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MMD > Archives > December 1996 > 1996.12.15 > 09Prev  Next

Re: Removing Old Tracker Bar Tubing
By Bob and Sonja Lemon

In Digest 961213 Bruce Hannover wrote about the 1922 Gulbransen Player Piano which he is rebuilding.

There are a couple of ways to remove that old rubber tubing. I use round jaw pliers (not round nose). Insert one jaw in the brass tube of the tracker bar, pinch over the rubber tubing, release pressure slightly and gently twist. NOT TOO HARD! This will shatter the hard rubber tubing, the twisting will remove remaining residue. For soft rubber tubing that has vulcanized itself to the brass, the pliers will cut through and the rotating motion will peal most of the tubing from the brass nipple. The remainder can be removed by soaking in lacquer thinner and brushing off residue.

I hope you have done your homework about this player action. It is one of the hardest to rebuild accurately. There are several pitfalls for the inexperienced.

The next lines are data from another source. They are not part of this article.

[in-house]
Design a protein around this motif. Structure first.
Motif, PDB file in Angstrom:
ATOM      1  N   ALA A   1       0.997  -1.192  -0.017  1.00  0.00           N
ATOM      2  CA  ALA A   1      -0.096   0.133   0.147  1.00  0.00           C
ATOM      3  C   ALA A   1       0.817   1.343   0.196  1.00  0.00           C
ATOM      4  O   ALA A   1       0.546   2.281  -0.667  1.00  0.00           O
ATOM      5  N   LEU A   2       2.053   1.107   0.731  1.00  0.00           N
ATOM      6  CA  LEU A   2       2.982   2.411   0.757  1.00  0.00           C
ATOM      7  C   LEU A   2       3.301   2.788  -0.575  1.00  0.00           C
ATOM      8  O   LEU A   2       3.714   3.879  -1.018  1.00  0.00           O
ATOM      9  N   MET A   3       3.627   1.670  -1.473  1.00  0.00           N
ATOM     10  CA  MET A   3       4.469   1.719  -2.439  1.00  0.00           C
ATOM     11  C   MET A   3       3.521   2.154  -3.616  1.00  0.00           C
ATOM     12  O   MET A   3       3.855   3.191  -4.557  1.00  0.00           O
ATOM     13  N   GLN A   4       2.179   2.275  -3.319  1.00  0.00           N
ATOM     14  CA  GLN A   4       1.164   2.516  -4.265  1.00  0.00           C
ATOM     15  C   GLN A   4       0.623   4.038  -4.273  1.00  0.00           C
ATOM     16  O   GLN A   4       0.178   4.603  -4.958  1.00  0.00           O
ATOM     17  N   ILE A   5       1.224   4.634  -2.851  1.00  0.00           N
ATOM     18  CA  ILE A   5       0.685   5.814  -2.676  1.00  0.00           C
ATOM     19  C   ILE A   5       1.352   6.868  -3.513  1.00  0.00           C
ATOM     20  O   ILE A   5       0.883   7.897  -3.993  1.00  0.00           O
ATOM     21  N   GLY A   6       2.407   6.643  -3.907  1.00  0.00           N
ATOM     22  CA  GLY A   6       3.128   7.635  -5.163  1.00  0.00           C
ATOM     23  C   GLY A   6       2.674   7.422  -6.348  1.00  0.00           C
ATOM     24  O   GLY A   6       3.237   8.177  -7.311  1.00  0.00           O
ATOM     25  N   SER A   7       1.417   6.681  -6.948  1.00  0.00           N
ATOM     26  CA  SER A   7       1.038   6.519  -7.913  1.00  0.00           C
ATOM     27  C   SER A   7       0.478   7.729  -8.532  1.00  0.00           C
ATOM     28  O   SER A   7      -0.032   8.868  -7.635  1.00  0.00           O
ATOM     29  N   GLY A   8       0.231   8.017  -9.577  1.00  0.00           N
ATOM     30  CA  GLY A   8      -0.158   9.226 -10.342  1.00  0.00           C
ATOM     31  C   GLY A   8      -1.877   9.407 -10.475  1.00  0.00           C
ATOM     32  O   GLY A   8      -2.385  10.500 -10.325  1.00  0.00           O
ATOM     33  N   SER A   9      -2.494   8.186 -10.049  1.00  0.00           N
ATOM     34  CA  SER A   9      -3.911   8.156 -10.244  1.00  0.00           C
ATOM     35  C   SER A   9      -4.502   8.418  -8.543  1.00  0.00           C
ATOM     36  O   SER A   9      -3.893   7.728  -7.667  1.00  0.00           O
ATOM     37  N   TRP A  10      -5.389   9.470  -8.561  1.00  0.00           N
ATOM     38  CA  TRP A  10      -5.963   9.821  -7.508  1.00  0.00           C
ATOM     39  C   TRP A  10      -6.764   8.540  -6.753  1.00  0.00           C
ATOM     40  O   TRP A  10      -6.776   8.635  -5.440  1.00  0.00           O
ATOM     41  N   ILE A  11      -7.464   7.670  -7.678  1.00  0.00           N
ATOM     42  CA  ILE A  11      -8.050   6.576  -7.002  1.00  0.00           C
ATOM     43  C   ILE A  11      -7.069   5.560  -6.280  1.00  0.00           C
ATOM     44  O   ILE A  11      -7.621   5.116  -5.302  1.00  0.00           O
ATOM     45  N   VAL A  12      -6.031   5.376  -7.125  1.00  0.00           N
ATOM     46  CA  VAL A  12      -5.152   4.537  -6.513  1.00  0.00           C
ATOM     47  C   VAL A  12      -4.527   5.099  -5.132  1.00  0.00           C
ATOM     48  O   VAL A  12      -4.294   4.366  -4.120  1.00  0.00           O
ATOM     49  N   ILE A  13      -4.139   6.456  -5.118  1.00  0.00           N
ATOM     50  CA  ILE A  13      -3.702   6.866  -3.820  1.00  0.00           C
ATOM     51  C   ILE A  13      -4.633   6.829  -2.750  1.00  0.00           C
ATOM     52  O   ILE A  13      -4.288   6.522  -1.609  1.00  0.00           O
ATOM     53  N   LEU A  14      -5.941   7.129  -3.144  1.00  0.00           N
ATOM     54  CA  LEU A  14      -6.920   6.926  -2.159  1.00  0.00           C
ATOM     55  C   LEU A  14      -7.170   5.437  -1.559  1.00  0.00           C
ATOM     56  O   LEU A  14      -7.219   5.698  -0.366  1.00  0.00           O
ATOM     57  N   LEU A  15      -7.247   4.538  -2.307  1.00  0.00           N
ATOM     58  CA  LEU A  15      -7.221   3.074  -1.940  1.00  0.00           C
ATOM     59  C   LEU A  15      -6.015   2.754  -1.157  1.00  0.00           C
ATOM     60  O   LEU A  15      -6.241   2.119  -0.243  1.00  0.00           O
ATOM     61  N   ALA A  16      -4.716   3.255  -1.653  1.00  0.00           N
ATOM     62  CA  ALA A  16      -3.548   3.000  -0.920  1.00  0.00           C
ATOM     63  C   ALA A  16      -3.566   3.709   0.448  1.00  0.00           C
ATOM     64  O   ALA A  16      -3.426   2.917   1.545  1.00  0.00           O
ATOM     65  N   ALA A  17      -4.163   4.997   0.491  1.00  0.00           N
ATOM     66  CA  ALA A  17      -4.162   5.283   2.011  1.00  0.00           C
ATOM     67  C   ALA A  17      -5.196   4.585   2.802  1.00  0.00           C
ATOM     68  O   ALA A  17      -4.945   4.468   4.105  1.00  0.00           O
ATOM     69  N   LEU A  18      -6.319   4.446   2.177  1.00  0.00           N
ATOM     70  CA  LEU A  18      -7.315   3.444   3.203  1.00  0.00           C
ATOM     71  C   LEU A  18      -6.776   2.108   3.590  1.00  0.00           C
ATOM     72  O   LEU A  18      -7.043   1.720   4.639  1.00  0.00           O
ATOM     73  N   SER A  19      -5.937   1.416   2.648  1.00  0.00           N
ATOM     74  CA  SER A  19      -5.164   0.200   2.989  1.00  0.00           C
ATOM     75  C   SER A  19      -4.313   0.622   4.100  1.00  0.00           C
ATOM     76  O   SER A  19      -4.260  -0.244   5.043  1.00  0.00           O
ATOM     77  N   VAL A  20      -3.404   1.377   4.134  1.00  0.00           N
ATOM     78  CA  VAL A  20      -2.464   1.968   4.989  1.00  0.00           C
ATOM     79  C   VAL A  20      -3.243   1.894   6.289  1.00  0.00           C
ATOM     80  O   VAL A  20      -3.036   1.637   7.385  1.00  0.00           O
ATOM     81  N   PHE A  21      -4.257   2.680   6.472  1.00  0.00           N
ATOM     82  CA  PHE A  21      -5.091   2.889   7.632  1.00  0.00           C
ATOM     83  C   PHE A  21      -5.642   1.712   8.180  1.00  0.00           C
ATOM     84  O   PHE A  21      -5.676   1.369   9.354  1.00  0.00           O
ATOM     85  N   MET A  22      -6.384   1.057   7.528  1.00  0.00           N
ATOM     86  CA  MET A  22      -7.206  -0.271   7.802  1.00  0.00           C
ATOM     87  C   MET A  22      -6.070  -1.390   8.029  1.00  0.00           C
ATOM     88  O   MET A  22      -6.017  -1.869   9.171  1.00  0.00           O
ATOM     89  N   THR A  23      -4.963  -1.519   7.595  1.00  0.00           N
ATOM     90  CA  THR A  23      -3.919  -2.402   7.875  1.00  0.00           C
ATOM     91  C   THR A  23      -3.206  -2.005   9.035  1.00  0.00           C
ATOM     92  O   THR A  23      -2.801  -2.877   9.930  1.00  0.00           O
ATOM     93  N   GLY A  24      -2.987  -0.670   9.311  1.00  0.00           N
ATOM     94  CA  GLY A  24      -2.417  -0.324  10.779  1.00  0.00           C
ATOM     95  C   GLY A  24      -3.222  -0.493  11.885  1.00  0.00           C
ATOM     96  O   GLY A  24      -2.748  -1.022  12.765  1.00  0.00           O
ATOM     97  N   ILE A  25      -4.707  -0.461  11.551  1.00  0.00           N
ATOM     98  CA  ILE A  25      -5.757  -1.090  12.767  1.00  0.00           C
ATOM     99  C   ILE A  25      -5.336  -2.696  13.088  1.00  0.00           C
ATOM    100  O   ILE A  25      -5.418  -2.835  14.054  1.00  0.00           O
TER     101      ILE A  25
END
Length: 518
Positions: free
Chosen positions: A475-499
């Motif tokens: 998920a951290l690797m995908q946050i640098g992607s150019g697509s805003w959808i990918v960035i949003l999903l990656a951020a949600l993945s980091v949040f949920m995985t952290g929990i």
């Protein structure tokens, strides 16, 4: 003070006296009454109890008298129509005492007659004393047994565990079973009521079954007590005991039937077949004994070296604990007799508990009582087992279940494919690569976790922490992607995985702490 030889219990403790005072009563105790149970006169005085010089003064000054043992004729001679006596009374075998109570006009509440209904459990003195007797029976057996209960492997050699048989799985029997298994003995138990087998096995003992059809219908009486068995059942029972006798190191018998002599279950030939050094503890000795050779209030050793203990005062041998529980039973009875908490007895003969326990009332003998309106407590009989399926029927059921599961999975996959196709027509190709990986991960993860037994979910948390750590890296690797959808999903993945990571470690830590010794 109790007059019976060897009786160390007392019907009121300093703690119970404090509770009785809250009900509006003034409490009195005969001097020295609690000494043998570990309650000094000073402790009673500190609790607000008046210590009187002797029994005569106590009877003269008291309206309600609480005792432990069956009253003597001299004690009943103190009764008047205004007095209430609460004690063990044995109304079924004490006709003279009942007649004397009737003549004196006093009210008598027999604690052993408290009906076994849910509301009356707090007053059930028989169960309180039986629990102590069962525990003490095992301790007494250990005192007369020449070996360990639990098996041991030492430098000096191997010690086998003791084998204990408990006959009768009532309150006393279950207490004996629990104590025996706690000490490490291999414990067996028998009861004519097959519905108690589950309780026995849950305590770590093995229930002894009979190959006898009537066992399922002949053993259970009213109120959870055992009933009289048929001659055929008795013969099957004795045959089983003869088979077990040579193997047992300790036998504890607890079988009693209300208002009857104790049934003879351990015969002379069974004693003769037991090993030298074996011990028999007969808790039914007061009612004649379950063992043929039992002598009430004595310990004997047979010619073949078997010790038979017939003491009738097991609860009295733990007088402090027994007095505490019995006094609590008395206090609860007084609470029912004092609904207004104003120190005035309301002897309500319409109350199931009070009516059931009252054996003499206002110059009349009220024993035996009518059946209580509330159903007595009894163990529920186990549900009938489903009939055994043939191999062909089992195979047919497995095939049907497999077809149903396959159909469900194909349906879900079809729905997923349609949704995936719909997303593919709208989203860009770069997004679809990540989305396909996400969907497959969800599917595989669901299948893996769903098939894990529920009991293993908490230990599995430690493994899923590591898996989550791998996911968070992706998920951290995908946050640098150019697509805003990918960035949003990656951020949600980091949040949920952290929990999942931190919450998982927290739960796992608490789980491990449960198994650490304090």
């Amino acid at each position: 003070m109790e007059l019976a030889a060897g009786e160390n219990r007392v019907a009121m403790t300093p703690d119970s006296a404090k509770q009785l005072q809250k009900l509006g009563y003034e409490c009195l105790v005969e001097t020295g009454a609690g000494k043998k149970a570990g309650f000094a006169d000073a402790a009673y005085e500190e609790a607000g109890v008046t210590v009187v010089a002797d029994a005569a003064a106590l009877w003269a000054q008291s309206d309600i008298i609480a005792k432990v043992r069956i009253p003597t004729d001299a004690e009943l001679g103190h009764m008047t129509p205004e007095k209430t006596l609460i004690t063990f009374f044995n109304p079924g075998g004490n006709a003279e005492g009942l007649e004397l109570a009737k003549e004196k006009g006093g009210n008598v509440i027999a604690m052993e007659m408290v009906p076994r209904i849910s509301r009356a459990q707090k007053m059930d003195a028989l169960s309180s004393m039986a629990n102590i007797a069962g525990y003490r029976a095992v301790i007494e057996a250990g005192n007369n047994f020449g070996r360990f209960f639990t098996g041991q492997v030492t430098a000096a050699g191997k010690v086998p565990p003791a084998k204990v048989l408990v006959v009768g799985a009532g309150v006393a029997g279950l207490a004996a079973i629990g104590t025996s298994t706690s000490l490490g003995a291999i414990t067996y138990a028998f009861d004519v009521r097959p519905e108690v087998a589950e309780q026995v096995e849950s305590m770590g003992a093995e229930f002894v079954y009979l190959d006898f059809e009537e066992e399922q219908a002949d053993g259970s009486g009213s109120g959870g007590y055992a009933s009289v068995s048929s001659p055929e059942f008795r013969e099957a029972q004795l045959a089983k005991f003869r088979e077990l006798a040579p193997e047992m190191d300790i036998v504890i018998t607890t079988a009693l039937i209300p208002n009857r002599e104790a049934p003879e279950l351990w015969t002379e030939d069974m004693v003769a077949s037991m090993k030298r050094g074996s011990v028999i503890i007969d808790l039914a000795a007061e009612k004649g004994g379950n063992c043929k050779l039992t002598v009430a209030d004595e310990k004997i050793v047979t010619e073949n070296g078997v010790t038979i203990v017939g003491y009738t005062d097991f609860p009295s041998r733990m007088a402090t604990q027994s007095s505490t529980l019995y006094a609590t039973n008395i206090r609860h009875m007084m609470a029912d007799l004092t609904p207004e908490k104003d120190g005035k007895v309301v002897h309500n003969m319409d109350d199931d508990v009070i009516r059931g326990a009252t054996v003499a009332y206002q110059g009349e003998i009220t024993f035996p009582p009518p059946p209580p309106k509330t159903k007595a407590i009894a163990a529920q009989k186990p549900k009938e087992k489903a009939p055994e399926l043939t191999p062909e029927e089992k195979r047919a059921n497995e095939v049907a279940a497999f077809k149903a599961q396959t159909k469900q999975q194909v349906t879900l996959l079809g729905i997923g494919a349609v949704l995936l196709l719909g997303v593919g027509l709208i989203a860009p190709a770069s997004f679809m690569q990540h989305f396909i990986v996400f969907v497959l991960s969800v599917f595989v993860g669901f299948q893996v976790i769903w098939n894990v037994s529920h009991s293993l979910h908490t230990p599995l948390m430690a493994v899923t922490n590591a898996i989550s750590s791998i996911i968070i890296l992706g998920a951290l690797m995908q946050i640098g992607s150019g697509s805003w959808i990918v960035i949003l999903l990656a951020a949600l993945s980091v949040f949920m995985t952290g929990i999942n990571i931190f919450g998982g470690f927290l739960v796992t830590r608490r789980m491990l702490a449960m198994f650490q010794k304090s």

Have you removed the pneumatics yet? We have developed a method of removing pneumatics with minimal damage to either the pneumatics, wooden valve caps or the decks. We also have a different system for disassembly and reassembling of the stack. It does not require the use of gaskets and virtually guarantees that there will be no plugged or leaking air passages. If you are interested we will explain our system.

Bob & Sonja Lemon

(Message sent Sun 15 Dec 1996, 05:50:44 GMT, from time zone GMT-0800.)

Key Words in Subject:  Bar, Old, Removing, Tracker, Tubing

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